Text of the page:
Continuing with the Old...
Face-to-Face Lesson at Music in the House
- This week my face-to-face guitar instructor introduced up-down strumming to my practice. These are supposed to be natural feeling but so far I have felt awkward doing them. He asked me to work on strumming down the whole chord but only strumming up the first three or four strings.
- He also gave me chords to practice two different songs, “Stand by Me” by Tracy Chapman and “Helpless” by Neil Young as these songs chords which I’ve learned in previous weeks.
- Our lesson is only 30 minutes long so by the time we review the homework from the previous week and do a few run-throughs of the coming week’s practice, it’s time to pack up and go!
- I’ve been working on reaching level two in all three of the sections: Lead, Knowledge and Rhythm. I hoped to be moving on but I was feeling some frustration in the Rhythm section where I was working on chords and continuing to have difficulty playing the chords without hitting a mute or dead note.
Starting with Something New...
“The real key is not natural music ability, its the desire”
- Marty Music
This week I started using some new resources. The first resource was instructional acoustic guitar videos from Marty Music. I began working on his Beginner Lesson Videos Playlist with my first video being the one below, Your Very First Guitar Lesson – Eminor and A sus2. He starts out with an encouraging message. He says that it is important not to give up until you get over the first hump of guitar playing which he quantifies as the first two months. In those first two months, he recommends giving yourself 5 minutes a day and not deciding that it’s too hard. He proposes that your 5 minutes of practice can often become 20 minutes or an hour if you have a breakthrough in your skills.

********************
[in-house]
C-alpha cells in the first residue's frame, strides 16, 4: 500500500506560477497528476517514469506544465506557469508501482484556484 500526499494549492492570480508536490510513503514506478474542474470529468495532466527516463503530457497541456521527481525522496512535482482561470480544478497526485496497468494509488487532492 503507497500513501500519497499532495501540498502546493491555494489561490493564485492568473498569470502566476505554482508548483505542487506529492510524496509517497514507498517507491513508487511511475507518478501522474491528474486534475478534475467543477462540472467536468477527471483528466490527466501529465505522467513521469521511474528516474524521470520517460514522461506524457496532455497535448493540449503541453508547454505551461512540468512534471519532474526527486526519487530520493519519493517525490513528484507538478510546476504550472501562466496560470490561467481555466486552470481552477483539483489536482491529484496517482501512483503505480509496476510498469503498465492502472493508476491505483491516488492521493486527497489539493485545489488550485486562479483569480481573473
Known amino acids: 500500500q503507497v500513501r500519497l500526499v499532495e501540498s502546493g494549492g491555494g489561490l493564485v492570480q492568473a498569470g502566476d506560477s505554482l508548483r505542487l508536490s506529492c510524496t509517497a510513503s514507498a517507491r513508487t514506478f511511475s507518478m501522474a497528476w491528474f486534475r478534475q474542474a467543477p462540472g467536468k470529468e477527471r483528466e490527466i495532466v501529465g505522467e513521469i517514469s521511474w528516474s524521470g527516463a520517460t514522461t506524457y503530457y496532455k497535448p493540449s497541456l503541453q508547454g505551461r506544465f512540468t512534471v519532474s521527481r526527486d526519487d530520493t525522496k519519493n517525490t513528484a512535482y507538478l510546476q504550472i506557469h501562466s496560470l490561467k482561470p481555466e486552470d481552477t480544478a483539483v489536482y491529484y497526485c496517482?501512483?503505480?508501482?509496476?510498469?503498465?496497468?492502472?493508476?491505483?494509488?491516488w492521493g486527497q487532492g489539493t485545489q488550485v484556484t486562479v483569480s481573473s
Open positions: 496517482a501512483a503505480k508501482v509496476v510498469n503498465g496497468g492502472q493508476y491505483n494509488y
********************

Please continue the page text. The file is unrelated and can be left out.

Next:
A lot of this was review since from the beginner lessons I have taken on Yousician and Udemy. However, I learned a few new things from Marty in this video to apply to my practice:
- Marty describes strumming as painting on the strings. I have taken many art classes and so this painting stroke is something that feels natural to me. I am going to work on the “painting stroke” to help me with my strumming this coming week.
- In his first lesson, he teaches two chords: Eminor and Asus2. I already know the Em chord but Asus2 was new to me. The end of the lesson was Marty instructing to practice the Em chord and Asus2 chord in a variety of combinations using strumming prior to watching the next lesson. See my weekly update for beginning progress on this.
The second resource I used was a Udemy course – Complete Guitar System – Beginner to Advanced which was recommended to me by my classmate Brad Raes who is also working on a guitar learning project however he is much further advanced than I. He offered to meet up with me in our Zoom room two weeks ago to offer some resources and advice.